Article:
In 2008, Michelle Rhee, the former Chancellor of D.C. public schools attempted to make some radical changes within the D.C. public school system.  One plan of note was that she wanted to offer teachers larger salaries in exchange for removing teacher tenure, versus offering them smaller pay raises with tenure rights retained.  The union leaders who are usually in favor of change and shaking things up, failed to even bring this motion to their constituents, they voted it down on the spot.  Why if unions exist to protect their workers was that motion not brought up for a public vote?

Teachers are one of the few professions that I know of that virtually guarantee’s you a job, in some places in as little as three years.  Were the union leaders afraid that their constituents would vote down that motion and then they would perhaps see some of them let go, which would ultimately mean that they could lose a re-election?  Whatever the reason was, the unions failed.  It is not their job to be a parent to the union members; their job is to offer advice but then to let the member decide for themselves on a course of action.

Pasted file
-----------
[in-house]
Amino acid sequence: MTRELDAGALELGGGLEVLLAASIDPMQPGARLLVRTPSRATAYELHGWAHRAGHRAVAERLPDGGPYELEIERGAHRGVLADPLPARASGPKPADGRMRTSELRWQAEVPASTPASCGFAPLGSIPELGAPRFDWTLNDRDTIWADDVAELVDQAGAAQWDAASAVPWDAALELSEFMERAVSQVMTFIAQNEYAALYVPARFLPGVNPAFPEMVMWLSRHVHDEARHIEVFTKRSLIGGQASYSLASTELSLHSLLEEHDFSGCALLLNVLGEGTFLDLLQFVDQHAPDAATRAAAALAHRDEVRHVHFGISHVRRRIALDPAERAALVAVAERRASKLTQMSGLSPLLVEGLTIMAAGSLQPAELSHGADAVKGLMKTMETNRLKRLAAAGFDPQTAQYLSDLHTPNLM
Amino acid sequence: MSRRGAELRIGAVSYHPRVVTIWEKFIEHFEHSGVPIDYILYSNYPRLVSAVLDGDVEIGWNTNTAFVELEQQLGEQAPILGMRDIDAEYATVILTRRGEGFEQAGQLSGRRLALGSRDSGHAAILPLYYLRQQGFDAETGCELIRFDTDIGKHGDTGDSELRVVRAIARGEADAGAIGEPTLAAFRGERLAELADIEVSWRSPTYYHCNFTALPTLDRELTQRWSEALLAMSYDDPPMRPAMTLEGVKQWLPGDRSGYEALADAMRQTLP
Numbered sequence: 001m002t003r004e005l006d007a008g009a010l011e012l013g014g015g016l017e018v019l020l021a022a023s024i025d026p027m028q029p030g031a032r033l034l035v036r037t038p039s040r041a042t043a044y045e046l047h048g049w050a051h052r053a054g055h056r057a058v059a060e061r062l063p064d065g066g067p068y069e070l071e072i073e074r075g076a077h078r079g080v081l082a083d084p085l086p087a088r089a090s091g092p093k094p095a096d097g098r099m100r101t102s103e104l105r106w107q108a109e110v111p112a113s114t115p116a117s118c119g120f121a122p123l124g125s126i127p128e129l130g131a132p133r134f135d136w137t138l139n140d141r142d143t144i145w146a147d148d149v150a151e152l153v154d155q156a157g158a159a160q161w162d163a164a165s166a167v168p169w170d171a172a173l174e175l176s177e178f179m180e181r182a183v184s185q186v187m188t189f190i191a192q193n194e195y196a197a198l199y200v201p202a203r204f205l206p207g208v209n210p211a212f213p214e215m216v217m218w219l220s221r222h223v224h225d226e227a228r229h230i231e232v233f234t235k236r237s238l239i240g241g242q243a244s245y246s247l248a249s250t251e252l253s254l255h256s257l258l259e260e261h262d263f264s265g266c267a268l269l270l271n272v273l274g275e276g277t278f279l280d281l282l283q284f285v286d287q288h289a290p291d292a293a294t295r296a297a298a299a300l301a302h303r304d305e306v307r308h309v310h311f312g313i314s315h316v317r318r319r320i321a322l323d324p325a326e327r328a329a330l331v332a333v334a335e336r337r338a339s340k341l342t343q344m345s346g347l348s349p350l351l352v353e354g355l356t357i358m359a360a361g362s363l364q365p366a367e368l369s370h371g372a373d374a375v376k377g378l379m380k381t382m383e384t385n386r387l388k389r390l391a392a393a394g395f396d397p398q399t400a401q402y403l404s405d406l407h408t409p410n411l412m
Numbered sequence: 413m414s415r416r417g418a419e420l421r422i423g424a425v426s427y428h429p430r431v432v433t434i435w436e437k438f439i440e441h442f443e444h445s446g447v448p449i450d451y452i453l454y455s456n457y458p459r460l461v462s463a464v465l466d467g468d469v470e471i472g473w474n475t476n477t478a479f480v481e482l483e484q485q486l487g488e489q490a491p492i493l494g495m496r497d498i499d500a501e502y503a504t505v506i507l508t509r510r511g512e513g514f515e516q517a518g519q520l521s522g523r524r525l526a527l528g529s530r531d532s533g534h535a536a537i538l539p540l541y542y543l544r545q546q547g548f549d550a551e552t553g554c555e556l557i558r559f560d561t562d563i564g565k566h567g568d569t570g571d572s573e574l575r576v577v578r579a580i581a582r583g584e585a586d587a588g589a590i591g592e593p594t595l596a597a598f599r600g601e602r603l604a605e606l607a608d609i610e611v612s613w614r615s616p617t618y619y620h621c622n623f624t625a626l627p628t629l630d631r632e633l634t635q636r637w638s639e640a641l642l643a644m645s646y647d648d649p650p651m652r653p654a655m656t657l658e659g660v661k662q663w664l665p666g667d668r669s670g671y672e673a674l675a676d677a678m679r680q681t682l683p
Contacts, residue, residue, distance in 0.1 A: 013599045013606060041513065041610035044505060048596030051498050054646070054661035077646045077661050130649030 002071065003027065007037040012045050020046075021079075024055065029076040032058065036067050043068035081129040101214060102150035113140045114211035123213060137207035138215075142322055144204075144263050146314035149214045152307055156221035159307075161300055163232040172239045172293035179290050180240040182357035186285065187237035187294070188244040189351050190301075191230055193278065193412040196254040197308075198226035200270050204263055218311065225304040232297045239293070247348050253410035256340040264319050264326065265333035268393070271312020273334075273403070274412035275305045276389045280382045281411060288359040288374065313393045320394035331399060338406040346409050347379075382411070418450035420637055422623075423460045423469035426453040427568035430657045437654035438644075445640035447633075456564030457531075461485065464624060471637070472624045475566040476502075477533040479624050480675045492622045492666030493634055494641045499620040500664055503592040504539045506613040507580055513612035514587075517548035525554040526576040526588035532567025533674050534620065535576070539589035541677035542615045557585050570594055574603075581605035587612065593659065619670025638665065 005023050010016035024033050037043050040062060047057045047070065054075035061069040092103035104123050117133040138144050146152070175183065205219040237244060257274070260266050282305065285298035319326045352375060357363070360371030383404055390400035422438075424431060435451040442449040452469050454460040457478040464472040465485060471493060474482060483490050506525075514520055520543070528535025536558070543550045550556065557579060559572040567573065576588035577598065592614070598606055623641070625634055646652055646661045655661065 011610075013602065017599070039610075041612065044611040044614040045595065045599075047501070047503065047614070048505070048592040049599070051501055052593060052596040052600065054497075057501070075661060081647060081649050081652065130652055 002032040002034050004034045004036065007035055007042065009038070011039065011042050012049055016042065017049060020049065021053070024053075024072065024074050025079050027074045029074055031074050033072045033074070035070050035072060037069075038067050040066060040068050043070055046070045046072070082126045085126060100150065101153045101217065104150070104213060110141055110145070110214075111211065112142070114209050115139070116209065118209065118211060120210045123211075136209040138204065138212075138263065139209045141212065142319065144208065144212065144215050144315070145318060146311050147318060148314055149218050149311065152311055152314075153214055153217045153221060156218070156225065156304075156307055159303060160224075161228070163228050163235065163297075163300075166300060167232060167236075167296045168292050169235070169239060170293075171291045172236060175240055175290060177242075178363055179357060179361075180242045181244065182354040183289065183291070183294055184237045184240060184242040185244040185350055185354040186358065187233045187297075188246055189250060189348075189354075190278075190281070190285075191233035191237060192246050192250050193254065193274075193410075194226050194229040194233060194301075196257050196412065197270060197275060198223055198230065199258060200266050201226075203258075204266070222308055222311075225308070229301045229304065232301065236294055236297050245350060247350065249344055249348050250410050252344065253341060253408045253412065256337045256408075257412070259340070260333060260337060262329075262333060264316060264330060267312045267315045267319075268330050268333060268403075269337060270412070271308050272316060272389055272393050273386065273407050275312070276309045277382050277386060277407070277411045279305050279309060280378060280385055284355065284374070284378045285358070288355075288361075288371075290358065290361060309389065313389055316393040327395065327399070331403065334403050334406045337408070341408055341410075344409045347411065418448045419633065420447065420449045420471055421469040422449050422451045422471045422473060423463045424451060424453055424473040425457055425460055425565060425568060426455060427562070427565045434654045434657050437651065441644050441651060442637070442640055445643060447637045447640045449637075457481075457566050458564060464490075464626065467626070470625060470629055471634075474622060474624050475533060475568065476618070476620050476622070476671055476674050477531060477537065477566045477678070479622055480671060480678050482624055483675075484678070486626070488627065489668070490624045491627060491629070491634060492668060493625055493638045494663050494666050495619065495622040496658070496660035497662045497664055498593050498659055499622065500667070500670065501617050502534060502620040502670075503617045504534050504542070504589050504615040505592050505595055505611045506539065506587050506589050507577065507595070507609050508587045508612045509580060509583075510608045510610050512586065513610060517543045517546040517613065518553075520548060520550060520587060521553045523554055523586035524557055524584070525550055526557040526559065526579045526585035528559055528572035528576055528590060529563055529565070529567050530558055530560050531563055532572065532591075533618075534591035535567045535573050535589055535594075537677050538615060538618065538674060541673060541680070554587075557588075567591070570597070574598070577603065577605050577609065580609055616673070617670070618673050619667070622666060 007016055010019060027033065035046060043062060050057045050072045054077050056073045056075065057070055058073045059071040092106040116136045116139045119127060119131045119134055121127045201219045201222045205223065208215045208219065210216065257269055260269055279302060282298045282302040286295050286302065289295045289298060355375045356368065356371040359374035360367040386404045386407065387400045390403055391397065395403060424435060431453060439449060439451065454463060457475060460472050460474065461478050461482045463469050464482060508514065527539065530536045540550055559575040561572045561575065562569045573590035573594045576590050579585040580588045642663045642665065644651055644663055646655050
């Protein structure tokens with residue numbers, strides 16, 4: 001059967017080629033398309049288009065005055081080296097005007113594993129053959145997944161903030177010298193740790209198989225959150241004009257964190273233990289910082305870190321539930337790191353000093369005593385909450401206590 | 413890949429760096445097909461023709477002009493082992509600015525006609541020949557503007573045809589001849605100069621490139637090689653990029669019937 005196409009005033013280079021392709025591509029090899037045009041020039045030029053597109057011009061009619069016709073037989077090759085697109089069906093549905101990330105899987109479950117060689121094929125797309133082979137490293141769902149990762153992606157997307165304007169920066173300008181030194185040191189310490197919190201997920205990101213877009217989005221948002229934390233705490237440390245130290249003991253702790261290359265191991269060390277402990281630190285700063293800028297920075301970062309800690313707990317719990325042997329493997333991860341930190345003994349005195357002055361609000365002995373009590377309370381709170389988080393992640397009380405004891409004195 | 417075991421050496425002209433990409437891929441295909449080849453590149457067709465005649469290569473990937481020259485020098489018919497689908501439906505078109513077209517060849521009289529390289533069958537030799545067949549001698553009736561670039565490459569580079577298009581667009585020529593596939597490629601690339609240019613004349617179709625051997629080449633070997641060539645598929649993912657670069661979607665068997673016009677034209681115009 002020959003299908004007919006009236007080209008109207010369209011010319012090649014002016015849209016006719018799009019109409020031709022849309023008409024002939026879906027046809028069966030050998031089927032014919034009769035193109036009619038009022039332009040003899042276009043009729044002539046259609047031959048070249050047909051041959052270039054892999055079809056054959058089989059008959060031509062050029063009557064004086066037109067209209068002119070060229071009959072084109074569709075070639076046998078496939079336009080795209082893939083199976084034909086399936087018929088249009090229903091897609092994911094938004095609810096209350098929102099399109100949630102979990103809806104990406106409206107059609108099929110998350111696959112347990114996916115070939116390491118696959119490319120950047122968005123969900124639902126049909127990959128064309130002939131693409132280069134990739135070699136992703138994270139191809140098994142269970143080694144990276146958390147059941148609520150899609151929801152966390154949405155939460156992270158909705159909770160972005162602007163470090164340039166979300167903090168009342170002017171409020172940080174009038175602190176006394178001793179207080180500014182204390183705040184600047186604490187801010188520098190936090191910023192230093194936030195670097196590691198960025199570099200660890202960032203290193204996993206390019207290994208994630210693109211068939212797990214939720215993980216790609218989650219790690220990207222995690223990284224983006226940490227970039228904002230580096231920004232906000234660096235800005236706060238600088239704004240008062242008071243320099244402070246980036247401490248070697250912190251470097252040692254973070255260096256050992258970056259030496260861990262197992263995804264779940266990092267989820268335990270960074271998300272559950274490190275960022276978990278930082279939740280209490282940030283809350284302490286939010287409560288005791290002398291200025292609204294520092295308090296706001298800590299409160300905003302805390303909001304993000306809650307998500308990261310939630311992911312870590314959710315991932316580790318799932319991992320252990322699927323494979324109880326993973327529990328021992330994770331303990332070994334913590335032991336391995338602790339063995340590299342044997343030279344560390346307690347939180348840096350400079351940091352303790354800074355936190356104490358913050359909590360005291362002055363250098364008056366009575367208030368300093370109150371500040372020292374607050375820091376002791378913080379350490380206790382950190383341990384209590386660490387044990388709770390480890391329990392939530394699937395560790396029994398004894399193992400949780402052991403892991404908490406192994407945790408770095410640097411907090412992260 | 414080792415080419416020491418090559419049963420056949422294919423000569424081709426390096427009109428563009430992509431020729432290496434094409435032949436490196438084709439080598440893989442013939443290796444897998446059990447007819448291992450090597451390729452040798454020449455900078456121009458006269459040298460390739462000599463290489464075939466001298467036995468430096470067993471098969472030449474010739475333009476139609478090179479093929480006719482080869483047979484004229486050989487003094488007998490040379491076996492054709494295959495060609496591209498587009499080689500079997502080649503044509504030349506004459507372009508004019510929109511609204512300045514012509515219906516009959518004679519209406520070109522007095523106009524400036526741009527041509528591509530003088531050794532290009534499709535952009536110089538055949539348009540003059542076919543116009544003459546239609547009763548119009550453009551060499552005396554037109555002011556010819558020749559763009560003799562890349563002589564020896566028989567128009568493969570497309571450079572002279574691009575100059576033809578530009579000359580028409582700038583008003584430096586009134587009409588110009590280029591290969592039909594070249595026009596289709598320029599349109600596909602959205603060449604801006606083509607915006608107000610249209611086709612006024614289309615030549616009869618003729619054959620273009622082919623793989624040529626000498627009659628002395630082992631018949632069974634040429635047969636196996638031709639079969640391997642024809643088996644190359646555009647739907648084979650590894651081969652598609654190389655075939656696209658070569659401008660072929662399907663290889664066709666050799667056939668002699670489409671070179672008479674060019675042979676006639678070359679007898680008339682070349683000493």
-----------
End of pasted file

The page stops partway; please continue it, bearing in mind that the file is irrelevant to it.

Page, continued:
Unions have run their course in this Country; we are no longer a developing nation that needs to be babysat in every aspect of our lives.  We already have one set of elected officials that are inept at their  jobs, we don’t need another.

Slow Cooker Pulled Pork


1 (2 pound) pork tenderloin (or a 4 pound pork shoulder)
1 (12 ounce) can of root beer
1 (18 ounce) bottle of your favorite bbq sauce


Place the pork in a slow cooker; pour the root beer over the meat. Cover and cook on low until well cooked and the pork shreds easily, 6-7 hours. Drain the root beer, then stir in the bbq sauce…then serve.

5 minutes of prep, 7 hours of cook time, days of enjoyment!